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North Carolina Voters Can Get a Free Photo ID Card – Here’s How

Source: Cardinal & Pine

The GOP-controlled state Supreme Court decision to throw out a previous ruling that struck down a photo voter identification law created a huge hurdle for many North Carolinians. 

However, thanks to the North Carolina State Board of Elections, North Carolinians now have an opportunity to obtain an ID in time for upcoming elections. 

On Wednesday, the State Board of Elections announced that registered voters who do not have an acceptable identification card for voting can now go to their county board of elections office to get a free ID.

Voters would not need any special documents to get a free ID card. 

Voters just need to provide their name, birth date, and the last four digits of their Social Security number. A picture will also be taken to go on the ID card.

Voters can also get a free ID at the Division of Motor Vehicles offices.

Those who have an acceptable form of ID do not need a separate ID from their county board.

Accepted forms of ID for voting include:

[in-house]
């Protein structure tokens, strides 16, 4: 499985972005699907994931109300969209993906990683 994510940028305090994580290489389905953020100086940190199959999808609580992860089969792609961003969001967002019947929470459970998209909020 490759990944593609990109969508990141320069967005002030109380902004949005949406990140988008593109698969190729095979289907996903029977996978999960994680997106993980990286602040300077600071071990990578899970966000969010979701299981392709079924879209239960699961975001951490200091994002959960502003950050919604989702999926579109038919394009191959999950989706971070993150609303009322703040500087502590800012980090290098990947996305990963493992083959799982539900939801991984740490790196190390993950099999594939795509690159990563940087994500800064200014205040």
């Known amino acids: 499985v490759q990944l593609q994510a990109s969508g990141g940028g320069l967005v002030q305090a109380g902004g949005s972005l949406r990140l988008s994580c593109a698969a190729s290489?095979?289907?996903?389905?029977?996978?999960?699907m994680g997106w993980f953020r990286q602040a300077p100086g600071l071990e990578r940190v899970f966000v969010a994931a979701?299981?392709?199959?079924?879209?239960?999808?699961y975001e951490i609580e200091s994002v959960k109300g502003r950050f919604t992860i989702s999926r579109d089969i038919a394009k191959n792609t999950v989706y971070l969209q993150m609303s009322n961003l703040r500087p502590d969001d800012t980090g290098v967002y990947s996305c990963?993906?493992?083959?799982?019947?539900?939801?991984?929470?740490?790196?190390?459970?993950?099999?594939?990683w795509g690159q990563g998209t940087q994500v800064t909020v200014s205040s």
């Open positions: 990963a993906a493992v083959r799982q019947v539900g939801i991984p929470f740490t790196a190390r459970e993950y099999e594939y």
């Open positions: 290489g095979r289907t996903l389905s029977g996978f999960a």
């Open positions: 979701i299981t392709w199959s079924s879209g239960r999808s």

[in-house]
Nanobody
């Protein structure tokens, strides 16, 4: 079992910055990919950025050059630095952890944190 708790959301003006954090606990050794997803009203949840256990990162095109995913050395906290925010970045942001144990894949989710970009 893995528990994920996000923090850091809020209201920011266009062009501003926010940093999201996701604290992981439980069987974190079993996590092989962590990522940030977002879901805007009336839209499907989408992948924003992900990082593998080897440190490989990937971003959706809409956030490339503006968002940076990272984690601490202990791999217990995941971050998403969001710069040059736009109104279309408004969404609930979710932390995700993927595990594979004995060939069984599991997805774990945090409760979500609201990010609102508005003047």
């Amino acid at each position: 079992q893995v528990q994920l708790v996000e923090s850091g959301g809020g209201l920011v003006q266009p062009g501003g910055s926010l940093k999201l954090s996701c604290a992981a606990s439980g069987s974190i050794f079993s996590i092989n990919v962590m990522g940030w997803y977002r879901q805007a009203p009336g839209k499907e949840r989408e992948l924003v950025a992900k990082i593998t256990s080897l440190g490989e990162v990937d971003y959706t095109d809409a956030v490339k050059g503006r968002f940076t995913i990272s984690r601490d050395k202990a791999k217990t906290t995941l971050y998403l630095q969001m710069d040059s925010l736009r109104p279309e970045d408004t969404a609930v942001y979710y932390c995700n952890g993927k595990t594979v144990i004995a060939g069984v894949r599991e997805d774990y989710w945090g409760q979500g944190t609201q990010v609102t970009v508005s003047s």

• Driver’s license (North Carolina or another state if registered in North Carolina within 90 days of the election)
  • Military or veterans ID cards
  • State Board approved college student and public employer ID cards
  • U.S. Passport or U.S. Passport Card

All of these forms must be unexpired or expired for one year or less. 

The State Board of Elections has also approved a long list of student and employee photo IDs that can be used for voting. You can find a full list of UNC schools, HBCUs, and community colleges here.

“This new process should not discourage or prevent any eligible individual from voting and having their ballot counted,” stated Karen Brinson Bell, executive director of the North Carolina Board of Elections, in a news release last month.

“The State Board and county boards of elections are here to assist any voter who needs an ID or has questions about this law.” For more information about the photo ID requirements, please visit the NC Board of Elections website.


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